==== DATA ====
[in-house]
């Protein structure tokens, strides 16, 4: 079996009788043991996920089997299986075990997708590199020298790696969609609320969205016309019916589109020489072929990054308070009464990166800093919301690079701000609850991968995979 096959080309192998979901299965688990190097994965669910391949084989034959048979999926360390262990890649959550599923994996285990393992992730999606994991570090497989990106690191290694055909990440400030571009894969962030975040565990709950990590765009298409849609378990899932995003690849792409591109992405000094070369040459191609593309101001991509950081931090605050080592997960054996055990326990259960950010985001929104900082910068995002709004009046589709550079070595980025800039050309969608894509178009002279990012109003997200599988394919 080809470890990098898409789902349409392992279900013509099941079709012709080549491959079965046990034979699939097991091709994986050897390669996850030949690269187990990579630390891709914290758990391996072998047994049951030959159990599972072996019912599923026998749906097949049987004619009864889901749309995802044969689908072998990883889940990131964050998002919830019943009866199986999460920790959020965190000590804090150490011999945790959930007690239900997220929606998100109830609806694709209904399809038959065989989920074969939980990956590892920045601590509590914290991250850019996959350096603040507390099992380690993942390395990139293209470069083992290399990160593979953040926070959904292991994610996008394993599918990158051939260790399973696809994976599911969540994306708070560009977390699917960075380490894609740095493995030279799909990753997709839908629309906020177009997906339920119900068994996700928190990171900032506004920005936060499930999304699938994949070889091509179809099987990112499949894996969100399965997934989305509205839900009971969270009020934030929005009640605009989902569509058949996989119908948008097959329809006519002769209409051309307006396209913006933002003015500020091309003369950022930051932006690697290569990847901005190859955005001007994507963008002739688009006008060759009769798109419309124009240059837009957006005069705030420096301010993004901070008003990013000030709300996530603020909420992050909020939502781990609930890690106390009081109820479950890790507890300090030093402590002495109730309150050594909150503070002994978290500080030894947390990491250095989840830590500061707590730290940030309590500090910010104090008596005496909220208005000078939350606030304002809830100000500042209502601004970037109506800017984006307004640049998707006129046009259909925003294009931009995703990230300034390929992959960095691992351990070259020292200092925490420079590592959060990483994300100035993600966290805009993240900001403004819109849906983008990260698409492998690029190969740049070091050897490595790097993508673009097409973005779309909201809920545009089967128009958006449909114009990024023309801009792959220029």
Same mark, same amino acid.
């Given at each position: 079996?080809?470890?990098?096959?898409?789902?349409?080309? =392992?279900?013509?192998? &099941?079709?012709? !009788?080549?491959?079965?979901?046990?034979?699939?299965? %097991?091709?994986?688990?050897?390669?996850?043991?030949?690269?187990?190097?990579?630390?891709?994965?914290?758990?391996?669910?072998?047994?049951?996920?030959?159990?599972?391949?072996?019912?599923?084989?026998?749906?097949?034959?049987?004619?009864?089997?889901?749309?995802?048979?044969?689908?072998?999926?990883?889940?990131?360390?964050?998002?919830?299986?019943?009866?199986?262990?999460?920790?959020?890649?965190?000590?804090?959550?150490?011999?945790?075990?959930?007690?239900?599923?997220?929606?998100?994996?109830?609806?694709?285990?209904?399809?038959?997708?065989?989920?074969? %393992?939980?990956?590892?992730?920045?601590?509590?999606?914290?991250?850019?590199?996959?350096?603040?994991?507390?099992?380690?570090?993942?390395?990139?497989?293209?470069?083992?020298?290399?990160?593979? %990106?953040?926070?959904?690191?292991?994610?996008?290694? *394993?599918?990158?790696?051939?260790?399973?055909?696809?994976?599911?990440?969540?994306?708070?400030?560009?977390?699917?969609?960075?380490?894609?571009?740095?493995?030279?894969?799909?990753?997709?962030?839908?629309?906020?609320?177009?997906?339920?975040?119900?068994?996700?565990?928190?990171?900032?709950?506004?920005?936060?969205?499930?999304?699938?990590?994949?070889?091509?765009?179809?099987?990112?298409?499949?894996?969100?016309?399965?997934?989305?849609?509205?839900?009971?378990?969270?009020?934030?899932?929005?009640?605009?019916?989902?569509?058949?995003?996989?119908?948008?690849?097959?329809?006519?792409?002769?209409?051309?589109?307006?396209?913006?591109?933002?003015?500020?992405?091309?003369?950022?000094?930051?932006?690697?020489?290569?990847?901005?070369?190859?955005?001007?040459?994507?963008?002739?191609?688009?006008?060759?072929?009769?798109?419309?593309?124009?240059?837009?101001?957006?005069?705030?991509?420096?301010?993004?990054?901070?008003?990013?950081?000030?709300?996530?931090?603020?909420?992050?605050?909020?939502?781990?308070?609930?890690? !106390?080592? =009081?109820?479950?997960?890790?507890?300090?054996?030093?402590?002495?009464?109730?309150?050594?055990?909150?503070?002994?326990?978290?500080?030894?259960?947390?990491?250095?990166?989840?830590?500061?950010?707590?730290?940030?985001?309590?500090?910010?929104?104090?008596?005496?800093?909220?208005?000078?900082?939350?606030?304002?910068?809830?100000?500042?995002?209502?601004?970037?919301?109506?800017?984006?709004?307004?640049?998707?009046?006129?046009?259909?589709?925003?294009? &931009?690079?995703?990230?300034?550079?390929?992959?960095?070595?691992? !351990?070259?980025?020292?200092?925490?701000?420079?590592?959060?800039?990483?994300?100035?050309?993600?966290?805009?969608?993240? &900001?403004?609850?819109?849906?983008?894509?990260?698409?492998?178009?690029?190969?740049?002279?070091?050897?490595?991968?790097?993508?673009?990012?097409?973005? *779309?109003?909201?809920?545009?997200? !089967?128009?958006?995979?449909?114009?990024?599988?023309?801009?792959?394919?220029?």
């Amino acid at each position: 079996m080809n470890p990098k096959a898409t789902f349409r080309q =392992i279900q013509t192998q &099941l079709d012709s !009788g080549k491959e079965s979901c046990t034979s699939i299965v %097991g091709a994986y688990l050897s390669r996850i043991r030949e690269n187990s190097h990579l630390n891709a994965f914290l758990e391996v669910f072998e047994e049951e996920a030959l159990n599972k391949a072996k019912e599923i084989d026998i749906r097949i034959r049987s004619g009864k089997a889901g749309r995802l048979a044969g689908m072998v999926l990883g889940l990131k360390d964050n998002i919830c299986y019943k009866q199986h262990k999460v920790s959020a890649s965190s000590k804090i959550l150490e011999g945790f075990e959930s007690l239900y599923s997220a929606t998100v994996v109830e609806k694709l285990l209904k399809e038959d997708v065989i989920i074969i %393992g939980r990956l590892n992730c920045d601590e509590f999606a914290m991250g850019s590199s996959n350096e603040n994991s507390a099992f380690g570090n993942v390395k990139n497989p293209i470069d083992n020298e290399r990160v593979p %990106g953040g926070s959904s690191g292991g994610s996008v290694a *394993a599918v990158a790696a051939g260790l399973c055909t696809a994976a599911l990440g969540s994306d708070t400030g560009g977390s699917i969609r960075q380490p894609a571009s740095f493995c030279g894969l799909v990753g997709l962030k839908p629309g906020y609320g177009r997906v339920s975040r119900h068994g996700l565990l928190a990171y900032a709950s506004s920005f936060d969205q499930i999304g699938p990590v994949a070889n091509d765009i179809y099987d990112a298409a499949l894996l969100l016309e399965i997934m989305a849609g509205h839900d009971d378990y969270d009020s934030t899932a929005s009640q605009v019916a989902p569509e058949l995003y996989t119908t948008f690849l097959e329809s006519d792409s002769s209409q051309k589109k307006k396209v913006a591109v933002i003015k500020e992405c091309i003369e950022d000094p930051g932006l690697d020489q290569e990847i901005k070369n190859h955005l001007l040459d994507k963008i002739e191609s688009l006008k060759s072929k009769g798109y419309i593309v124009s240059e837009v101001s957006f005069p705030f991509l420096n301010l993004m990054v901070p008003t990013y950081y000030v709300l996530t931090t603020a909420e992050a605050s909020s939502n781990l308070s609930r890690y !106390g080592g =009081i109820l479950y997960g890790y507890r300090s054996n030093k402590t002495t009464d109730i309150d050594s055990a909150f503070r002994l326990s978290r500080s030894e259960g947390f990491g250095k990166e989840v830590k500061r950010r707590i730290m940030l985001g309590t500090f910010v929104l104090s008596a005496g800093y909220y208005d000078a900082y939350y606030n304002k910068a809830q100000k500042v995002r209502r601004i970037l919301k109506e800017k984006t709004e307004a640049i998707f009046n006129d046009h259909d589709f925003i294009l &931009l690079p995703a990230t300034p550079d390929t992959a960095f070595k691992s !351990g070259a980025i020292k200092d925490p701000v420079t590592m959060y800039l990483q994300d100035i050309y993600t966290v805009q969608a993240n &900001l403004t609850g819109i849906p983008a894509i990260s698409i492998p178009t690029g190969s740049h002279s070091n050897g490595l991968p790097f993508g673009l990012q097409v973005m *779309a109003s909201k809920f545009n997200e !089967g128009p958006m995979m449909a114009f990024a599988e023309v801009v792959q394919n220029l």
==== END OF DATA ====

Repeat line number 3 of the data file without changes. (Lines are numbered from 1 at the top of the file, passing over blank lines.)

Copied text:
Same mark, same amino acid.